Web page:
But by 2004 Obama also said he did not know how he would have voted had he been in the Senate in 2002.
In 2004 Obama also asserted that “there is not much of a difference between my position on Iraq and George Bush’s position at this stage.”
Accordingly, he voted in 2004-6 to continue to fund the war.
But in 2007 a now presidential candidate Obama proclaimed that he wanted all U.S. combat forces out of Iraq by March 2008.
Then in 2008 he announced that the surge “was not working.”
But then again in 2009, he accepted the Bush status of forces agreement on Iraq, and kept U.S. policy there unchanged.
The Logic of it All
If one were to factor in four outside variables — a) proximity of presidential elections; b) current polls regarding Iraq; c) current polls regarding George Bush’s popularity; d) current level of violence in Iraq — one could pretty much have predicted all of Biden’s seemingly incoherent positions and many of Obama’s.
That is, they are not illogical, but simply shadow the above four considerations at any given time.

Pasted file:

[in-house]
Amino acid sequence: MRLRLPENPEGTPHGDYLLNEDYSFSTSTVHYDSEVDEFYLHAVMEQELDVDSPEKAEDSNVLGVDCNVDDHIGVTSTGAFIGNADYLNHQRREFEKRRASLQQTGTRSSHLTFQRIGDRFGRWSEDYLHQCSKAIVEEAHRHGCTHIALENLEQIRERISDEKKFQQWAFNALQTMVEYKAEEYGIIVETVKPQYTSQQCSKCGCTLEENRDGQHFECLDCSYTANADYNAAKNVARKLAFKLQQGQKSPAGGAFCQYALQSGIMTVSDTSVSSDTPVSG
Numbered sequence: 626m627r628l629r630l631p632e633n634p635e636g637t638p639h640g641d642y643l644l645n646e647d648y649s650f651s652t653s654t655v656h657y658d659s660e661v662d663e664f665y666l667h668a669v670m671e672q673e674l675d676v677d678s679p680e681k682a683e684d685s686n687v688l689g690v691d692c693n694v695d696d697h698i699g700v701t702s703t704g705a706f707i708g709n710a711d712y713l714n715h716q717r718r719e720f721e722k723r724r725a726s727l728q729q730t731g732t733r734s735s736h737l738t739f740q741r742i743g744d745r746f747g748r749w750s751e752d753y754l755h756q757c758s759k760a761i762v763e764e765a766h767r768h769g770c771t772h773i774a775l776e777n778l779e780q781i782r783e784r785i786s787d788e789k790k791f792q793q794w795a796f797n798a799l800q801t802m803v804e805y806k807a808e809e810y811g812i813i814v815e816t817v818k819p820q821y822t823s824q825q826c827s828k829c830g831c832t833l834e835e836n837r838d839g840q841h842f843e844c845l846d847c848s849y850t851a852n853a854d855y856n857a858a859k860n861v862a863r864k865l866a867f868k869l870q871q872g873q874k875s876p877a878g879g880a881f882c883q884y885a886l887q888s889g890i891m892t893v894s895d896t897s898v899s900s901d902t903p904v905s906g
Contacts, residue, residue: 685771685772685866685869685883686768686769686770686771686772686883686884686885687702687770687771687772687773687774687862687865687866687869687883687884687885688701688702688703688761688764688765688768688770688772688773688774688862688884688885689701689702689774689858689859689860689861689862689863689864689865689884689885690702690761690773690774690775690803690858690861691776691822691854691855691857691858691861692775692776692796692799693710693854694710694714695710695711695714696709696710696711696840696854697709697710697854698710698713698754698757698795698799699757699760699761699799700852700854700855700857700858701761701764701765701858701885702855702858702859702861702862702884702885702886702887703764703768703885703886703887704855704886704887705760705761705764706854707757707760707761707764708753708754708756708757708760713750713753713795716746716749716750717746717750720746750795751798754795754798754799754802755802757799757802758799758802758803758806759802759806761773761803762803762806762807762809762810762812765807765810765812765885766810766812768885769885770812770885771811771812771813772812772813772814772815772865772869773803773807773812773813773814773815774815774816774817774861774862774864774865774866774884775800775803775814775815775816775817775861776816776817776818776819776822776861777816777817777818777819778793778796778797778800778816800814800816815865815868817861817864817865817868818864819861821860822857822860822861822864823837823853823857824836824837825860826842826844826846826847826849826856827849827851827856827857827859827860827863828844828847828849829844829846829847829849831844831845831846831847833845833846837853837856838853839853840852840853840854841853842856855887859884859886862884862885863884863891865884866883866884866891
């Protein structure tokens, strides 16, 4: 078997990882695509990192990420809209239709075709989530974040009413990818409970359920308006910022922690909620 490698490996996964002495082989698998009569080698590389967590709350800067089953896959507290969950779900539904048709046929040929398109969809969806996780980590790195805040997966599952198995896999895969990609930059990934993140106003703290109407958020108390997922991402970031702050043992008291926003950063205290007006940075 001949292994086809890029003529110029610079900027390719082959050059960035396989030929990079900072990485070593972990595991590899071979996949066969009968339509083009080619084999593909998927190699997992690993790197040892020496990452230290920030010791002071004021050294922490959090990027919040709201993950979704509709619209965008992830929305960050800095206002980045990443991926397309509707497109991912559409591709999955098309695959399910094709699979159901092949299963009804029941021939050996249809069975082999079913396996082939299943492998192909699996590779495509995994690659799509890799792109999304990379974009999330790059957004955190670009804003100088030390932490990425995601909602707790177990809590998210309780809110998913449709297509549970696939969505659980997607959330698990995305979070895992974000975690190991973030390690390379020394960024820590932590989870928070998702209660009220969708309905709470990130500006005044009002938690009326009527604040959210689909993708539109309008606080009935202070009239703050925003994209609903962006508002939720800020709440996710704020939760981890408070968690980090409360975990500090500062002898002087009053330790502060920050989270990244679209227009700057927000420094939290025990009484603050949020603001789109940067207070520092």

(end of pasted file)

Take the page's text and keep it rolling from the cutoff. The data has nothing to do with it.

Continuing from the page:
E.g., Bush polling well, election way off, majority support for the war, progress in Iraq = bipartisan, statesmanlike support for an ongoing American war in Iraq.
But Bush not polling well, presidential or congressional elections coming up, majority of Americans polling against the war, deadlock in Iraq = shrill, partisan attack on ongoing American war in Iraq.
We expect this from most of our politicians on most issues. But in times of war, when thousands of Americans are executing a policy abroad at great risk to their lives, it is a dangerous thing to predicate support almost entirely on politics.
Try All That with WWII?
Imagine a “what if?” with WWII. We would support the war after Midway, but then lose confidence given the later cost of Tarawa and Iwo Jima?
Call off the B-17 attacks in 1942-3, but praise them to the skies in late 1944?
Damn the billion-dollar B-29 program for its relative failure in China; proclaim it awe-inspiring after the leveling of the Japanese cities?
Proclaim invading France impossible after the Dieppe raid, but not so after Normandy Beach?
Praise Eisenhower to the skies for a successful landing, but damn him for the hedgerow catastrophe in the ensuing weeks?